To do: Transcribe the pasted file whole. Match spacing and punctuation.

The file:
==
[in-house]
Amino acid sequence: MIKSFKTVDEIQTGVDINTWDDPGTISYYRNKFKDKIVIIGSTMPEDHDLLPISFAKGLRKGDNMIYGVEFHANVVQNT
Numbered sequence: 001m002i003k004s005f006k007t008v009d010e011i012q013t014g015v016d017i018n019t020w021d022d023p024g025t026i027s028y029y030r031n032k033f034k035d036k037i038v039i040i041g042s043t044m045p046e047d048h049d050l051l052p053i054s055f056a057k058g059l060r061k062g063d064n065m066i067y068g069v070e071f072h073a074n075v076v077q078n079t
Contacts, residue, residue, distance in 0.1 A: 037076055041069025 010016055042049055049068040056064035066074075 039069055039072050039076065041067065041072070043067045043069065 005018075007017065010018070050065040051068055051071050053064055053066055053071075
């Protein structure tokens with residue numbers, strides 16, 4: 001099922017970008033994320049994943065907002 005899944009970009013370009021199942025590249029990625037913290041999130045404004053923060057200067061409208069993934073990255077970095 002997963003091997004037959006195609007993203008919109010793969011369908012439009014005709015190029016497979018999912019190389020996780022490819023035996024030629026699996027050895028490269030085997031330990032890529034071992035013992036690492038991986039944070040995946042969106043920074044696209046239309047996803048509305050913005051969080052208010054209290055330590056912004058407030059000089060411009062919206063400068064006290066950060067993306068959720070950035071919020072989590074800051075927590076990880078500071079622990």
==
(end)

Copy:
[in-house]
Amino acid sequence: MIKSFKTVDEIQTGVDINTWDDPGTISYYRNKFKDKIVIIGSTMPEDHDLLPISFAKGLRKGDNMIYGVEFHANVVQNT
Numbered sequence: 001m002i003k004s005f006k007t008v009d010e011i012q013t014g015v016d017i018n019t020w021d022d023p024g025t026i027s028y029y030r031n032k033f034k035d036k037i038v039i040i041g042s043t044m045p046e047d048h049d050l051l052p053i054s055f056a057k058g059l060r061k062g063d064n065m066i067y068g069v070e071f072h073a074n075v076v077q078n079t
Contacts, residue, residue, distance in 0.1 A: 037076055041069025 010016055042049055049068040056064035066074075 039069055039072050039076065041067065041072070043067045043069065 005018075007017065010018070050065040051068055051071050053064055053066055053071075
């Protein structure tokens with residue numbers, strides 16, 4: 001099922017970008033994320049994943065907002 005899944009970009013370009021199942025590249029990625037913290041999130045404004053923060057200067061409208069993934073990255077970095 002997963003091997004037959006195609007993203008919109010793969011369908012439009014005709015190029016497979018999912019190389020996780022490819023035996024030629026699996027050895028490269030085997031330990032890529034071992035013992036690492038991986039944070040995946042969106043920074044696209046239309047996803048509305050913005051969080052208010054209290055330590056912004058407030059000089060411009062919206063400068064006290066950060067993306068959720070950035071919020072989590074800051075927590076990880078500071079622990």